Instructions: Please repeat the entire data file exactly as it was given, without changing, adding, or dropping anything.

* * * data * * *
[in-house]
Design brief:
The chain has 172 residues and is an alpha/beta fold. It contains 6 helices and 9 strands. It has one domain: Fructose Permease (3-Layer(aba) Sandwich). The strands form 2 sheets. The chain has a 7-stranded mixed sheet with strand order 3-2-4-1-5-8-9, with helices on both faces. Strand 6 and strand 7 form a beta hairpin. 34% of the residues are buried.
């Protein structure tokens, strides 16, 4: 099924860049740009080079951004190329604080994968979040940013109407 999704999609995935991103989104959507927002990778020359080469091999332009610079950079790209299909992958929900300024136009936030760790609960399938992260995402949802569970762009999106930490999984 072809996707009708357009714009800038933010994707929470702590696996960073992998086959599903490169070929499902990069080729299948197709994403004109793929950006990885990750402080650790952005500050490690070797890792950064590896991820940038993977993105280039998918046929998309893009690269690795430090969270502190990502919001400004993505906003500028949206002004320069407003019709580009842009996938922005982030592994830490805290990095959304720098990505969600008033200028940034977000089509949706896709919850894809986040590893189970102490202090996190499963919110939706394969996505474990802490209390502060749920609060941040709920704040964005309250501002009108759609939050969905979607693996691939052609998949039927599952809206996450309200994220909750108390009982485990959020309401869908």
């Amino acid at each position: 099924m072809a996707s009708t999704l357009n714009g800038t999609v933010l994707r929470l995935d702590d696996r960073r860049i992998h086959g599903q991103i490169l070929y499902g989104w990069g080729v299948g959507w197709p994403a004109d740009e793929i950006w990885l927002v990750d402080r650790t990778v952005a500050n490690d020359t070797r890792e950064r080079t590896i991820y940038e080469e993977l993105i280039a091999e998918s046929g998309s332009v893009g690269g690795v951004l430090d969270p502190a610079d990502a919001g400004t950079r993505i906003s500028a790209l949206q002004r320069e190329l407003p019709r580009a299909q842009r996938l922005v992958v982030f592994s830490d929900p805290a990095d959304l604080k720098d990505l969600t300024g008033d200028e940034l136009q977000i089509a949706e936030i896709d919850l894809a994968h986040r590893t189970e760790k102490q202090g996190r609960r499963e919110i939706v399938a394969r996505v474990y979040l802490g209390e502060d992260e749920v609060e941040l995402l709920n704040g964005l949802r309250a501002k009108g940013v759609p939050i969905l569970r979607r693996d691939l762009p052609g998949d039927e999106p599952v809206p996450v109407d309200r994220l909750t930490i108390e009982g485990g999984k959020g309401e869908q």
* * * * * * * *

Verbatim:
[in-house]
Design brief:
The chain has 172 residues and is an alpha/beta fold. It contains 6 helices and 9 strands. It has one domain: Fructose Permease (3-Layer(aba) Sandwich). The strands form 2 sheets. The chain has a 7-stranded mixed sheet with strand order 3-2-4-1-5-8-9, with helices on both faces. Strand 6 and strand 7 form a beta hairpin. 34% of the residues are buried.
């Protein structure tokens, strides 16, 4: 099924860049740009080079951004190329604080994968979040940013109407 999704999609995935991103989104959507927002990778020359080469091999332009610079950079790209299909992958929900300024136009936030760790609960399938992260995402949802569970762009999106930490999984 072809996707009708357009714009800038933010994707929470702590696996960073992998086959599903490169070929499902990069080729299948197709994403004109793929950006990885990750402080650790952005500050490690070797890792950064590896991820940038993977993105280039998918046929998309893009690269690795430090969270502190990502919001400004993505906003500028949206002004320069407003019709580009842009996938922005982030592994830490805290990095959304720098990505969600008033200028940034977000089509949706896709919850894809986040590893189970102490202090996190499963919110939706394969996505474990802490209390502060749920609060941040709920704040964005309250501002009108759609939050969905979607693996691939052609998949039927599952809206996450309200994220909750108390009982485990959020309401869908």
């Amino acid at each position: 099924m072809a996707s009708t999704l357009n714009g800038t999609v933010l994707r929470l995935d702590d696996r960073r860049i992998h086959g599903q991103i490169l070929y499902g989104w990069g080729v299948g959507w197709p994403a004109d740009e793929i950006w990885l927002v990750d402080r650790t990778v952005a500050n490690d020359t070797r890792e950064r080079t590896i991820y940038e080469e993977l993105i280039a091999e998918s046929g998309s332009v893009g690269g690795v951004l430090d969270p502190a610079d990502a919001g400004t950079r993505i906003s500028a790209l949206q002004r320069e190329l407003p019709r580009a299909q842009r996938l922005v992958v982030f592994s830490d929900p805290a990095d959304l604080k720098d990505l969600t300024g008033d200028e940034l136009q977000i089509a949706e936030i896709d919850l894809a994968h986040r590893t189970e760790k102490q202090g996190r609960r499963e919110i939706v399938a394969r996505v474990y979040l802490g209390e502060d992260e749920v609060e941040l995402l709920n704040g964005l949802r309250a501002k009108g940013v759609p939050i969905l569970r979607r693996d691939l762009p052609g998949d039927e999106p599952v809206p996450v109407d309200r994220l909750t930490i108390e009982g485990g999984k959020g309401e869908q």